Your memories shape who you are

In his extraordinary book, Thinking, Fast and Slow, psychologist Daniel Kahneman teaches that we have two mental operating systems; there are two expressions of self: the experiencing self and the remembering self. 

He describes the experiencing self as an example of the fast, intuitive, unconscious mode of thinking that operates in the present moment, focusing on the quality of our experience in the present. The remembering self is the slow, rational, conscious mode of thinking that tells the story of our experience and how we think about our experience. The experiencing self is the “you” in the moment who lives through the event. The remembering self is the “you” who writes the history. Our short- and long-term sense of well-being is influenced by both.

Our experiencing self is shaped by what’s happening to us in the present (with a little influence from the most recent past and a projection into the near future). As I write this essay, I’m relaxed, sitting in a quiet library early in the morning, having slept well last night. I’m drinking a cup of coffee. In several hours I’ll visit Malaga, a delightful Spanish town on the Mediterranean. All bills are paid, family members are okay, May and I are fine. My experiencing self is happy.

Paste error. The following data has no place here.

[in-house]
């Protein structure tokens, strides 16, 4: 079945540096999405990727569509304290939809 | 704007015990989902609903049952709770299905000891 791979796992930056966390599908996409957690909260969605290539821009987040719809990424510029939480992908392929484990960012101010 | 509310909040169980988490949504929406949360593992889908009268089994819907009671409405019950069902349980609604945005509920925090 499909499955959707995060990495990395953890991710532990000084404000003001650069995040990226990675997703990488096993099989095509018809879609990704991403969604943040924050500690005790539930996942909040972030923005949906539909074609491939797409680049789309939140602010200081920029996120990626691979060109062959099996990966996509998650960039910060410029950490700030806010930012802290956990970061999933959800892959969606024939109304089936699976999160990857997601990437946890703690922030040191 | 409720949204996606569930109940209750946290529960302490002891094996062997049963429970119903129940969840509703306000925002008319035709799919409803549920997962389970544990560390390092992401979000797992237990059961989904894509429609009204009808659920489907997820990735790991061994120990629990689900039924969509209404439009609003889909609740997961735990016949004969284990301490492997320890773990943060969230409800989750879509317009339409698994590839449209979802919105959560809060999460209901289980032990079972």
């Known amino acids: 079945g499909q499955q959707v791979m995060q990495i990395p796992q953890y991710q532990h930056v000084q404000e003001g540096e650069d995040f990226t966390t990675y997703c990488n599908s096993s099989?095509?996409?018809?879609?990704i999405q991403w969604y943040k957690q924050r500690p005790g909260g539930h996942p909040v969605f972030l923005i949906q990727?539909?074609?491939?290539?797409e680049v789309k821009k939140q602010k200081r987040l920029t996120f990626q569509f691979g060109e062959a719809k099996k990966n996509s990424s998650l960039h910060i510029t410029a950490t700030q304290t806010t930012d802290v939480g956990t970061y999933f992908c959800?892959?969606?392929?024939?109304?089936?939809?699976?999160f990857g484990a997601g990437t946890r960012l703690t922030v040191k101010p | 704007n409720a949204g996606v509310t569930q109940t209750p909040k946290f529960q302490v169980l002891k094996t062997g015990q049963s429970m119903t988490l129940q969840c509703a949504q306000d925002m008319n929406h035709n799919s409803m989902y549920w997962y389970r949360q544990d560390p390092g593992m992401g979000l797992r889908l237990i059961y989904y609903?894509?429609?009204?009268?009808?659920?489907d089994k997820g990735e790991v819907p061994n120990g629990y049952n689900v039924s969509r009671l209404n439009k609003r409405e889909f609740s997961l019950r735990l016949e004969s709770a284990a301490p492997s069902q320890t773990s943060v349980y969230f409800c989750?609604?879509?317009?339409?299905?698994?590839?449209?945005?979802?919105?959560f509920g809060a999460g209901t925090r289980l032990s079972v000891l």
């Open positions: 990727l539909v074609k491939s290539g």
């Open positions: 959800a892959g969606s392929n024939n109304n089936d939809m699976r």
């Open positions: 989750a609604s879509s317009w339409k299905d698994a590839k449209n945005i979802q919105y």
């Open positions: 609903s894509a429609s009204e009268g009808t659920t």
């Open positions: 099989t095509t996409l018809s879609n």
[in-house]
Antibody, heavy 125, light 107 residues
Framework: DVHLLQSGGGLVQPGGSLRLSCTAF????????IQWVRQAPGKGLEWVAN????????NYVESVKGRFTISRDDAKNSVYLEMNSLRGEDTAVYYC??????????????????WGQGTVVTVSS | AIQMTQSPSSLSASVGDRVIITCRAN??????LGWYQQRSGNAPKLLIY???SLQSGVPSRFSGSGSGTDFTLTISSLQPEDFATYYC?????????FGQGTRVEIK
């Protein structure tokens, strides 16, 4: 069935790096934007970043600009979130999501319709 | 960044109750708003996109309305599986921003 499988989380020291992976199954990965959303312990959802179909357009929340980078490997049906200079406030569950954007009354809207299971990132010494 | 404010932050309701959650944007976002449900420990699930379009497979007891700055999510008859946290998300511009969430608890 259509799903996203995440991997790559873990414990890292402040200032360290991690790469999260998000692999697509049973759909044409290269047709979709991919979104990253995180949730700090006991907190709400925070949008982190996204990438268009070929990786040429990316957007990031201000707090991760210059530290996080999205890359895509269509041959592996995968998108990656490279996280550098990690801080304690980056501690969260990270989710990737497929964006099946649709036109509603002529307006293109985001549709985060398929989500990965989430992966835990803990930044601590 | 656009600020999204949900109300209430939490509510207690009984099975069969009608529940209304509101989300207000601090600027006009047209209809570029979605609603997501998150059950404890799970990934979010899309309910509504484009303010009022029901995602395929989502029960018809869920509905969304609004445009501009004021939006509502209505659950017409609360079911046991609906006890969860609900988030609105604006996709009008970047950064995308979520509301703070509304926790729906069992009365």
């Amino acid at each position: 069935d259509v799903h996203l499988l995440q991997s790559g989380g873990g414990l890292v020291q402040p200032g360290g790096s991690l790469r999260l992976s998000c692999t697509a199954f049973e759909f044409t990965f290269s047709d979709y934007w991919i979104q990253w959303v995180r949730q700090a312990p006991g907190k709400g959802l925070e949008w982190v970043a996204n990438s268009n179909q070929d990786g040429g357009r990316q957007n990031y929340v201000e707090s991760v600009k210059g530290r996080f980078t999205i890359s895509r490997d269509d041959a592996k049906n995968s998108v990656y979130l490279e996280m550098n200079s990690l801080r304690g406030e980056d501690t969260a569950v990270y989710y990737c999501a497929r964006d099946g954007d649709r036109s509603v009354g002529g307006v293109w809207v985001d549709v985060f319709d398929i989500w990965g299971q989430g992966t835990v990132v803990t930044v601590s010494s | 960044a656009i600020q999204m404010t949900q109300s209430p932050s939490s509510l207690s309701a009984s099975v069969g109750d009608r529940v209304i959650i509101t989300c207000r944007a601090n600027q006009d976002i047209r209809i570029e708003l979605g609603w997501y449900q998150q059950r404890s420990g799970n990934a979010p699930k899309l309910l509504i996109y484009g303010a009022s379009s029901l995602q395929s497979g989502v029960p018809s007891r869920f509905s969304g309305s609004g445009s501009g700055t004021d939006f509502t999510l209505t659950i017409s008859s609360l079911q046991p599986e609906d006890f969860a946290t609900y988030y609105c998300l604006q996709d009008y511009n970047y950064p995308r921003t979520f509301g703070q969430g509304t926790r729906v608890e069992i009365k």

Our remembering self is composed of memories of the past that we have chosen to remember and have allowed them to shape and influence our lives. I’m 66 years old so I have tens of thousands of memories to select from. Which ones will I choose to focus on? Which ones will find purchase in my life and which ones will fade away? 

For instance, my family of origin had some problems. If I allowed myself to linger on those memories, they would negatively impact my present life. But also during those growing-up years, my church had a wonderful and consistent influence on me—it was everything a loving community should be and it provided wonderful opportunities. At church I felt affirmed, encouraged, accepted, welcomed, and loved. When I reflect on my first 17 years of life, I choose to reminisce on the positive experiences. 

Please listen to this TED Talk by Kahneman. 

[reminder]What are your thoughts about this essay?[/reminder]

[callout]This article, by Arthur Brooks, is a good read, particularly for those who are 50+ years old. Your Professional Decline Is Coming (Much) Sooner Than You Think – Here’s how to make the most of it. [The Atlantic, July 2019] [/callout]

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